6. Steem (STEEM) (20)
Steem (STEEM) is an open-source, decentralised cryptocurrency created to reward posters on Steemit.com, the blockchain-based social media network. It is a proof-of-work coin available for mining by individual users via the project's software application written in Python. The initial code was experimental, with a unique consensus algorithm that discourages mining by large mining pools. Steemit, whose chief technology officer is BitShares founder Daniel Larimer, promises a fast-paced development, including a user-friendly graphical wallet client. Original announcement.
7. Counterparty (XCP) (31)
Counterparty (XCP) is a decentralised financial platform and distributed, open-source Internet protocol built on top of the Bitcoin blockchain and network. Counterparty provides users with a functioning decentralized digital currency exchange, as well as the ability to create virtual assets, issue dividends, create price feeds, bets and contracts. Counterparty also has a native currency that trades on cryptocurrency exchanges as XCP. XCP is not mined; instead, it was issued using a provable method called "proof of burn" which involves sending bitcoins to a special address that renders them permanently unspendable. Original announcement.
8. Vcash (XVC) (35)
9. Qora (QORA) (38)
Qora (QORA) is a decentralised open-source cryptocurrency launched in April 2015 and written from scratch, in Java. As a pure proof-of-stake cryptocurrency, Qora relied on initial public offering for the supply and distribution of the 10 billion coins in existence. Besides a unique wallet client, the cryptocurrency also offers a number of innovative features, such as password-protected wallets that can be regenerated from seeds, differential block times which allow addresses to generate blocks after just ten confirmations, an ability to register a key-value pair that can be used for various purposes and even traded, encrypted messenger service or data storage. Original announcement.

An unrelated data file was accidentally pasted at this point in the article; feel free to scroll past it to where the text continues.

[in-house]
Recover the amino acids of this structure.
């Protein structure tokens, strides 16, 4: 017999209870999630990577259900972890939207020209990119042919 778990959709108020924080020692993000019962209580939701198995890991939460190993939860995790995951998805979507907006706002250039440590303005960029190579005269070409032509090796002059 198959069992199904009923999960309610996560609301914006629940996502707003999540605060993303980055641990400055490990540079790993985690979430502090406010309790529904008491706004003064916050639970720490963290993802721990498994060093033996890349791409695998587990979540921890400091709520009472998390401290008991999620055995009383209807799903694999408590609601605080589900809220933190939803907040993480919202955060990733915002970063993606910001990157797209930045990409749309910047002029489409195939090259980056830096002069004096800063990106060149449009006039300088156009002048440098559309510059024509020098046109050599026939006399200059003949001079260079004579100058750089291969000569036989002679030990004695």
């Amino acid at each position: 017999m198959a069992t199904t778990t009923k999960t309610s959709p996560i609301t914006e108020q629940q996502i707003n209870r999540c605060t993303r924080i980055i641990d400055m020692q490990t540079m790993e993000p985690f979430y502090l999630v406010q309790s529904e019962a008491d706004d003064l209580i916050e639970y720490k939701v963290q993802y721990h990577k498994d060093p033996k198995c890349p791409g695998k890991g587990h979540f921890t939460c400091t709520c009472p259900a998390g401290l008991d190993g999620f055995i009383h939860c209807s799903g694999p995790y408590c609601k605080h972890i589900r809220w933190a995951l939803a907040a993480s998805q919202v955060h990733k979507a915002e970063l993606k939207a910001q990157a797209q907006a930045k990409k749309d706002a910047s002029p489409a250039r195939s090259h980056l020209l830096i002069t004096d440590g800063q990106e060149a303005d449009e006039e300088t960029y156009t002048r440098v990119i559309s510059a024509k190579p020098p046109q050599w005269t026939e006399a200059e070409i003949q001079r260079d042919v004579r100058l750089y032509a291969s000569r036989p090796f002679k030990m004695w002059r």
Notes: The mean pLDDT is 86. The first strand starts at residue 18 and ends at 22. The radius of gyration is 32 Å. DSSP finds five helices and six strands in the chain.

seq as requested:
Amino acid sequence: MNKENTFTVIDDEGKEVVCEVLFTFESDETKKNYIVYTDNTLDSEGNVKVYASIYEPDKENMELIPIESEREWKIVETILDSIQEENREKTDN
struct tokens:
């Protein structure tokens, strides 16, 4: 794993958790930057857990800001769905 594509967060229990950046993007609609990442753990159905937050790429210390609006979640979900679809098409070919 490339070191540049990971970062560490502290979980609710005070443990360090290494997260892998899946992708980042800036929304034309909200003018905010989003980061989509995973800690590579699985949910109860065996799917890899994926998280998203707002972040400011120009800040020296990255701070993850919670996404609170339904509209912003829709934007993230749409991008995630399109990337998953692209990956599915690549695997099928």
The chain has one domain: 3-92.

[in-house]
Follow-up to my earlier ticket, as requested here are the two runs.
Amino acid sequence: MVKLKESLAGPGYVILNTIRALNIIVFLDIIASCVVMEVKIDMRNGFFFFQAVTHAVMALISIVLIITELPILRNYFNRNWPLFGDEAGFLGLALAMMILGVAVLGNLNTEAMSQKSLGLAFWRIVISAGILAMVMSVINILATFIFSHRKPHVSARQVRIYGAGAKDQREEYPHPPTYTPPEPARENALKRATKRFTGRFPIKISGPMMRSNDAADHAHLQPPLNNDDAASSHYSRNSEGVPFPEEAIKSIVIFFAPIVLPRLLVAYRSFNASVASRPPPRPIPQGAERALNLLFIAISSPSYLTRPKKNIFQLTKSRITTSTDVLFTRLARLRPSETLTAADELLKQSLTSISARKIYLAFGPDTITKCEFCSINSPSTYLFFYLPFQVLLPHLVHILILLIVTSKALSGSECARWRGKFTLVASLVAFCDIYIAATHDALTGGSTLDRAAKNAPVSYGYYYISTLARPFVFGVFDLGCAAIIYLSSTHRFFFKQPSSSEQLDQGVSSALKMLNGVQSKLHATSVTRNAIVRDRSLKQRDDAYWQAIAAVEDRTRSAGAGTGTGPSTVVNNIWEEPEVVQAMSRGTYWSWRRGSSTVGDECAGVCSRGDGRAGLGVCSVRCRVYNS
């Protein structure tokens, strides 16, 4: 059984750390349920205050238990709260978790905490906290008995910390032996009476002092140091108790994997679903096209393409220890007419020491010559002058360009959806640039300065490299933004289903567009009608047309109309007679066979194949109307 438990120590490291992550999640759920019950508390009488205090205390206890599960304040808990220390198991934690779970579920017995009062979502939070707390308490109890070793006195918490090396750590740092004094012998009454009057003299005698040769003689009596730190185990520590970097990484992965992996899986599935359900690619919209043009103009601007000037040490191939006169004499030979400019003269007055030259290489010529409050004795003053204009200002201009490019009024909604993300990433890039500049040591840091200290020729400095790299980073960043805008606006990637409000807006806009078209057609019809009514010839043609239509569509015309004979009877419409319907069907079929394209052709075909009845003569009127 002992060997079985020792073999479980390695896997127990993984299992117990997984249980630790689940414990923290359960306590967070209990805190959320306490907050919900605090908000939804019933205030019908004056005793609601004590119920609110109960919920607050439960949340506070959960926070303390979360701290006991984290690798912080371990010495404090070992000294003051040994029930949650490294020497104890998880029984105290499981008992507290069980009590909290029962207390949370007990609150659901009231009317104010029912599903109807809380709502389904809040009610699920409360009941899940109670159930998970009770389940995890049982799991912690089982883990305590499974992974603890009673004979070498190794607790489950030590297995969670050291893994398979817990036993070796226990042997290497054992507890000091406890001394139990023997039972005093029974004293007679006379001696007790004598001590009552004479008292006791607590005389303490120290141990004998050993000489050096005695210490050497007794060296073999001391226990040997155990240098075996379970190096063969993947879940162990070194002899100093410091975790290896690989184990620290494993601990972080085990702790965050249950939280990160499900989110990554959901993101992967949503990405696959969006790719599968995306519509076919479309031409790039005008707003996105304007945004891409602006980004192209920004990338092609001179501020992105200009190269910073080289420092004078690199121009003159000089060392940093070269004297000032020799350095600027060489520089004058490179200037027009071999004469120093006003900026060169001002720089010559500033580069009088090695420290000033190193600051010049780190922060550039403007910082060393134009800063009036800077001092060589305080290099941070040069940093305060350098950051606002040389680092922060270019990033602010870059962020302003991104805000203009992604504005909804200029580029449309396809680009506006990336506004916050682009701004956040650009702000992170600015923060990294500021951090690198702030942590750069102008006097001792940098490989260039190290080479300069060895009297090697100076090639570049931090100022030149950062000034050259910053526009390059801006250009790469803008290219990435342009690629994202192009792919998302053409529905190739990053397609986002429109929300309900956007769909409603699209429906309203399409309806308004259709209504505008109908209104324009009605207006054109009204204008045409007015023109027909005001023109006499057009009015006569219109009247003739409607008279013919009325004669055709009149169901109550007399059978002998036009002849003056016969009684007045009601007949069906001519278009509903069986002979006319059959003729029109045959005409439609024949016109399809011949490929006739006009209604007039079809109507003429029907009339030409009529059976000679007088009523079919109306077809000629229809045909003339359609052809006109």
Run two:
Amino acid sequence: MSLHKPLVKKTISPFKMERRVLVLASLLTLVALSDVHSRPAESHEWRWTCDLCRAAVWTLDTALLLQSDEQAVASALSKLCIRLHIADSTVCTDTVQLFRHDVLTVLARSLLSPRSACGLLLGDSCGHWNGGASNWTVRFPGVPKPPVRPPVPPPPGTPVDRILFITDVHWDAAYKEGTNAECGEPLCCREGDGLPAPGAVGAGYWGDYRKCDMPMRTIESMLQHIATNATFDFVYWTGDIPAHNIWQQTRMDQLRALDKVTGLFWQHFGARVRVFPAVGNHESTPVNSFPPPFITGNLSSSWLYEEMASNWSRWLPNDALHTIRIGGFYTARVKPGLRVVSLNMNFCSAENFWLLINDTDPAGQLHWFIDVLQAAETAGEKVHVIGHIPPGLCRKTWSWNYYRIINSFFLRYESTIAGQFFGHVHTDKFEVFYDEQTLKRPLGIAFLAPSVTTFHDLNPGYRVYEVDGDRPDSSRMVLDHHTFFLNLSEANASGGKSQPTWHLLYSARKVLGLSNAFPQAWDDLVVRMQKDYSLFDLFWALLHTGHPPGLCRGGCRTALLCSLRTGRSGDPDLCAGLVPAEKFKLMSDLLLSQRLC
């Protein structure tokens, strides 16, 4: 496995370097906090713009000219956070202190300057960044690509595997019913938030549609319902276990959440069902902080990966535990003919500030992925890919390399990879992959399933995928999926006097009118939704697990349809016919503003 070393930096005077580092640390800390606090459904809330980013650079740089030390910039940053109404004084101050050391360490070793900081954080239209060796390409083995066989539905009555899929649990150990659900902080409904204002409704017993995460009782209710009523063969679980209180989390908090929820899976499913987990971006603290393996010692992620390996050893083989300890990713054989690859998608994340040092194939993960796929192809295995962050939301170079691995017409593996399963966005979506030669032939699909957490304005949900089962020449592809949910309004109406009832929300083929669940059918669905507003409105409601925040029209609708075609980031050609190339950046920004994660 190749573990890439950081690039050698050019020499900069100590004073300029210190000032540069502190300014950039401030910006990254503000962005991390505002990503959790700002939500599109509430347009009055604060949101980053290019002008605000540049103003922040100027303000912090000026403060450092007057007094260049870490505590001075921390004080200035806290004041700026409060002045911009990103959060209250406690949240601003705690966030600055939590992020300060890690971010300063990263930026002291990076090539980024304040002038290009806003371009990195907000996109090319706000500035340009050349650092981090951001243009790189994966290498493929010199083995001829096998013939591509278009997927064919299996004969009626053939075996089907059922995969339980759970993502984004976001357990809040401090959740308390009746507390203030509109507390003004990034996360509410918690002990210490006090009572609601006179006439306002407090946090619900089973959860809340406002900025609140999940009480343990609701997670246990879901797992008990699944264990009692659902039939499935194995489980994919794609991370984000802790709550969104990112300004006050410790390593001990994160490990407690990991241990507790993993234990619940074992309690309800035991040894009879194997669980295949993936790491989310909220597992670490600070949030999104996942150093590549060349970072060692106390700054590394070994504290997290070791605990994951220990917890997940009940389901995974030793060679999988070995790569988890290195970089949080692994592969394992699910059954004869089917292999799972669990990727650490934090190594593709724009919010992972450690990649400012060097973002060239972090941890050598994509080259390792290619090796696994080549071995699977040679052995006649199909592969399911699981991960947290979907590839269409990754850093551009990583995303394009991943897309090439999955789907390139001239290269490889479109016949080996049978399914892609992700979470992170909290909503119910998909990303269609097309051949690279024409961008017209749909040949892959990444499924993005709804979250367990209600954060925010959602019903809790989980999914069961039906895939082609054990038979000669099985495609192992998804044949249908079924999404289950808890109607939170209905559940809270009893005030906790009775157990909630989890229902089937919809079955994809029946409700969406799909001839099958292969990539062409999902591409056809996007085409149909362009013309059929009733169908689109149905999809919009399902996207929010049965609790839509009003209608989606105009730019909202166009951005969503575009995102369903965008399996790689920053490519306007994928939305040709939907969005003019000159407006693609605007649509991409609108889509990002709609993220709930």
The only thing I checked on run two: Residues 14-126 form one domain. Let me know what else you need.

10. Nxt (NXT) (42)
Nxt (NXT) is an open-source cryptocurrency and payment network launched in November 2013 by anonymous software developer BCNext. Created from scratch and written in Java, it uses proof-of-stake, a method of achieving distributed consensus and securing a cryptocurrency network, to provide consensus for transactions. As such, there is a static money supply and no mining. Nxt is specifically conceived as a flexible platform to build applications and financial services around. It has an integrated asset exchange (comparable to shares), messaging system and marketplace. The next major release will also allow users the creation of new currencies within the system. Original announcement.
11. Ethereum Classic (ETC) (43)
Ethereum Classic (ETC) is an open-source, decentralised cryptocurrency platform announced in July 2015 when the original Ethereum (ETH) blockchain was hard-forked following a security breach. Although the hard fork option was excessively debated and eventually approved by the Ethereum Foundation, many users felt that this move represented censorship and interference with a project that was supposed to be "decentralised". This disagreement brought about the birth of Ethereum Classic, a project whose main goal is to ensure the survival of the original Ethereum blockchain. As a result, the currency of Ethereum (called "ether") now exists in two forms, ETC and ETH, with both being actively traded on a number of cryptocurrency exchanges. The Original announcement.
12. PascalCoin (PASC) (53)
PascalCoin (PASC) is a decentralised, open-source cryptocurrency launched in August 2016. It was written from scratch in Pascal. Unlike most other cryptocurrencies, PascalCoin is designed to work without an operations history (i.e. locally stored blockchain), yet it is still able to control double spending and check balances. Instead of storing balances on the blockchain, PascalCoin offers a safebox system similar to a bank account and complete with a short, easy-to-remember account number. PascalCoin is generated by proof-of-work "mining", with an average block time of 5 minutes and the initial reward of 100 PASC (halving roughly every four years). Initial announcement.